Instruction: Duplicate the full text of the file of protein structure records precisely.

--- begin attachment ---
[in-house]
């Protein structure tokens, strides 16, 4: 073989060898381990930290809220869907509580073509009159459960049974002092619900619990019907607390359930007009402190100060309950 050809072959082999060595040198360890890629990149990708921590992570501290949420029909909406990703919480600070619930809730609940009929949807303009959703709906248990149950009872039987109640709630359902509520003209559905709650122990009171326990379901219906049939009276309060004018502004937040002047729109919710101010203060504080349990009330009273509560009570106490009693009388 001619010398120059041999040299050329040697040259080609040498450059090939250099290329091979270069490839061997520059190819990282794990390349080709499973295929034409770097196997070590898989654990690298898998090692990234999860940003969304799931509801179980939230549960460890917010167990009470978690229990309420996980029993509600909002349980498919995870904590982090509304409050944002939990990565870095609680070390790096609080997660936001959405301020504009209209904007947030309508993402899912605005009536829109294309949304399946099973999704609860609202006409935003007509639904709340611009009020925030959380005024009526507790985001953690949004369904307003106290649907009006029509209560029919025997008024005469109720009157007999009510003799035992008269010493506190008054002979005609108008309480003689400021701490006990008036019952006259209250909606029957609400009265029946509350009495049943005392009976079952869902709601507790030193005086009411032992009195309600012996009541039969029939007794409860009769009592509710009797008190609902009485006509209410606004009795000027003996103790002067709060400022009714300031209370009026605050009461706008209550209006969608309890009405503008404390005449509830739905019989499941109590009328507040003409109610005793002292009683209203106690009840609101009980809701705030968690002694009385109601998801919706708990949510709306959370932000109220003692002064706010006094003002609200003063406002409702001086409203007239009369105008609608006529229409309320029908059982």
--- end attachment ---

[in-house]
């Protein structure tokens, strides 16, 4: 073989060898381990930290809220869907509580073509009159459960049974002092619900619990019907607390359930007009402190100060309950 050809072959082999060595040198360890890629990149990708921590992570501290949420029909909406990703919480600070619930809730609940009929949807303009959703709906248990149950009872039987109640709630359902509520003209559905709650122990009171326990379901219906049939009276309060004018502004937040002047729109919710101010203060504080349990009330009273509560009570106490009693009388 001619010398120059041999040299050329040697040259080609040498450059090939250099290329091979270069490839061997520059190819990282794990390349080709499973295929034409770097196997070590898989654990690298898998090692990234999860940003969304799931509801179980939230549960460890917010167990009470978690229990309420996980029993509600909002349980498919995870904590982090509304409050944002939990990565870095609680070390790096609080997660936001959405301020504009209209904007947030309508993402899912605005009536829109294309949304399946099973999704609860609202006409935003007509639904709340611009009020925030959380005024009526507790985001953690949004369904307003106290649907009006029509209560029919025997008024005469109720009157007999009510003799035992008269010493506190008054002979005609108008309480003689400021701490006990008036019952006259209250909606029957609400009265029946509350009495049943005392009976079952869902709601507790030193005086009411032992009195309600012996009541039969029939007794409860009769009592509710009797008190609902009485006509209410606004009795000027003996103790002067709060400022009714300031209370009026605050009461706008209550209006969608309890009405503008404390005449509830739905019989499941109590009328507040003409109610005793002292009683209203106690009840609101009980809701705030968690002694009385109601998801919706708990949510709306959370932000109220003692002064706010006094003002609200003063406002409702001086409203007239009369105008609608006529229409309320029908059982």